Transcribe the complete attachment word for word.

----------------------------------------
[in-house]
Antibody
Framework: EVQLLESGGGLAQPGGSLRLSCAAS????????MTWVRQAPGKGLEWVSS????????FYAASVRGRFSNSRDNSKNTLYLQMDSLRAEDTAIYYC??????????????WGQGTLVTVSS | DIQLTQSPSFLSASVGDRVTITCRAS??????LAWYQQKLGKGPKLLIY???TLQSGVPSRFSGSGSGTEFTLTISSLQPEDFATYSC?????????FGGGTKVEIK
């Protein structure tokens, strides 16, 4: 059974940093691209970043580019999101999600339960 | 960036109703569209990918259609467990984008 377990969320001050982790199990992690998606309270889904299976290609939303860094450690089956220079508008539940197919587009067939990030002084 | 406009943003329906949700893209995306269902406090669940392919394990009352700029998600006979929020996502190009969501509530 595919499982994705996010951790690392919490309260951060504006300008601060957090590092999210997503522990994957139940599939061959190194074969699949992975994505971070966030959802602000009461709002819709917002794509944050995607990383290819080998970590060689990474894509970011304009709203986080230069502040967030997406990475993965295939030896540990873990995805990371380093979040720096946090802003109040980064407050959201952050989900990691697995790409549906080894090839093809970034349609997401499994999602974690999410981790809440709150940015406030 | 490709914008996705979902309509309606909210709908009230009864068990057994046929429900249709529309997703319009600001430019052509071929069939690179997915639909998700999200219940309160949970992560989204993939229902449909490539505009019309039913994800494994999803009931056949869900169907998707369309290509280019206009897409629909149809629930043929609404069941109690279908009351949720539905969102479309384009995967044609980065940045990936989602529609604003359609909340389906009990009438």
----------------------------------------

[in-house]
Antibody
Framework: EVQLLESGGGLAQPGGSLRLSCAAS????????MTWVRQAPGKGLEWVSS????????FYAASVRGRFSNSRDNSKNTLYLQMDSLRAEDTAIYYC??????????????WGQGTLVTVSS | DIQLTQSPSFLSASVGDRVTITCRAS??????LAWYQQKLGKGPKLLIY???TLQSGVPSRFSGSGSGTEFTLTISSLQPEDFATYSC?????????FGGGTKVEIK
């Protein structure tokens, strides 16, 4: 059974940093691209970043580019999101999600339960 | 960036109703569209990918259609467990984008 377990969320001050982790199990992690998606309270889904299976290609939303860094450690089956220079508008539940197919587009067939990030002084 | 406009943003329906949700893209995306269902406090669940392919394990009352700029998600006979929020996502190009969501509530 595919499982994705996010951790690392919490309260951060504006300008601060957090590092999210997503522990994957139940599939061959190194074969699949992975994505971070966030959802602000009461709002819709917002794509944050995607990383290819080998970590060689990474894509970011304009709203986080230069502040967030997406990475993965295939030896540990873990995805990371380093979040720096946090802003109040980064407050959201952050989900990691697995790409549906080894090839093809970034349609997401499994999602974690999410981790809440709150940015406030 | 490709914008996705979902309509309606909210709908009230009864068990057994046929429900249709529309997703319009600001430019052509071929069939690179997915639909998700999200219940309160949970992560989204993939229902449909490539505009019309039913994800494994999803009931056949869900169907998707369309290509280019206009897409629909149809629930043929609404069941109690279908009351949720539905969102479309384009995967044609980065940045990936989602529609604003359609909340389906009990009438």